The FIRST Overland Expo East

The FIRST Overland Expo East

Overland Expo East 2014 - Toyota Magazine

Blue Ridge Mountains, early autumn, and a slew of adventurers of all types. That pretty much describes the first Overland Expo east of the Mississippi.

During the first weekend in October, like thousands of other overland enthusiasts I traveled to Asheville, North Carolina to see how an eastern Overland Expo would fare. The location, a large private ranch near Fletcher, NC is everything you would imagine in a great outdoor venue. Dirt roads, log cabins, and (unlike the Western version of this event) a lake full of water.

Also unlike the Mormon Lake location, the layout of the event seemed a little more spread out and random. There was a main road that most people walked down, but instead of setting up booths in a linear fashion, vendors chose a more natural way of organizing. Many parked vehicles on an angle in order to have a nice campsite with their neighbors. Many trailers were circled in the manner of pioneers circling wagons. The overall feel of the property and event was more intimate, despite the additional space between vendors.

Like all Overland Expo Events, the classes were top notch. I had the opportunity to sit in on a few courses, but my favorite was hearing Rhonda Cahill and Rachelle Croft talk about navigation through the lense of their recent Rallye Aicha des Gazelles adventure. As a long time map & compass nerd and survival instructor, it’s always exciting to see great navigation information being passed along.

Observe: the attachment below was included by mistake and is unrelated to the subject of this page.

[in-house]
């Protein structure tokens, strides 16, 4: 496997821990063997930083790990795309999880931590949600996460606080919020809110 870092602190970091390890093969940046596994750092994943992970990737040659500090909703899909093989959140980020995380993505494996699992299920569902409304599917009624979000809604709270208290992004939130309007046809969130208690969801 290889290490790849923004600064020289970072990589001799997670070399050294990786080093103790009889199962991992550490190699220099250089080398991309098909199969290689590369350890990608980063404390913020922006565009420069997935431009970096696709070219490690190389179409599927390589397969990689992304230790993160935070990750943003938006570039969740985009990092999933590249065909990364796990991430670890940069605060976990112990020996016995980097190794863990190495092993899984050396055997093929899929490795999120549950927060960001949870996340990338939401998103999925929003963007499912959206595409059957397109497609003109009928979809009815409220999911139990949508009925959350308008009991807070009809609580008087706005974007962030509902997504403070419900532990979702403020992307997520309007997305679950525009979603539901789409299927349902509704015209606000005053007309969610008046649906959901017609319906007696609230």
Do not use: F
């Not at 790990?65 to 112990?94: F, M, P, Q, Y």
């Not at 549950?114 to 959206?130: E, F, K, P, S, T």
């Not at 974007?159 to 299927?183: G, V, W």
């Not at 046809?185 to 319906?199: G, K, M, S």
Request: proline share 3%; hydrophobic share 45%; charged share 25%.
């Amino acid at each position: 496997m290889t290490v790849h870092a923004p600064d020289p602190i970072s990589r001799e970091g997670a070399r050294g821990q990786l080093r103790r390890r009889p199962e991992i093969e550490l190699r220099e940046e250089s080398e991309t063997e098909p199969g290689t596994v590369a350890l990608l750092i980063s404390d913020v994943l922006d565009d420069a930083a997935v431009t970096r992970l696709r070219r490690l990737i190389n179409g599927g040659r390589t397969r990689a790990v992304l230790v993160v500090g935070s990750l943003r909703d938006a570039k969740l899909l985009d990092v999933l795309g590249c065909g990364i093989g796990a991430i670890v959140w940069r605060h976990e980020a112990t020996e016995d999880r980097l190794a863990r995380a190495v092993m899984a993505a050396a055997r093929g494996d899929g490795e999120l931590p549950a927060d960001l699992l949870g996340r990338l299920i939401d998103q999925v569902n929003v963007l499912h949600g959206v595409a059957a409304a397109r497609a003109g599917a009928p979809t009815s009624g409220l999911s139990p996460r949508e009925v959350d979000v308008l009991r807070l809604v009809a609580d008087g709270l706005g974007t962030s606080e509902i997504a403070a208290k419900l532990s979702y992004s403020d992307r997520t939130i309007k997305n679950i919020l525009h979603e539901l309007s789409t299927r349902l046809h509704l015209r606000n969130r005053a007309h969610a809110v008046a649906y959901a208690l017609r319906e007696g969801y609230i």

What I found most intriguing about this event though, were the visitors. This is only the second time I’ve had the opportunity to converse with fellow enthusiasts that reside in the much more populated eastern half of the country. While the western Expo consists of many multiple-time attendees, this show brought out many more people that are curious about our hobby of overlanding.

In comparison to the western ‘main’ Overland Expo, I would say that I certainly enjoy the location more. This event was a little smaller, which I think leads to that community feeling in a more profound way than the larger event. I’m sure in time the eastern Expo will grow, but hopefully that community is not lost.

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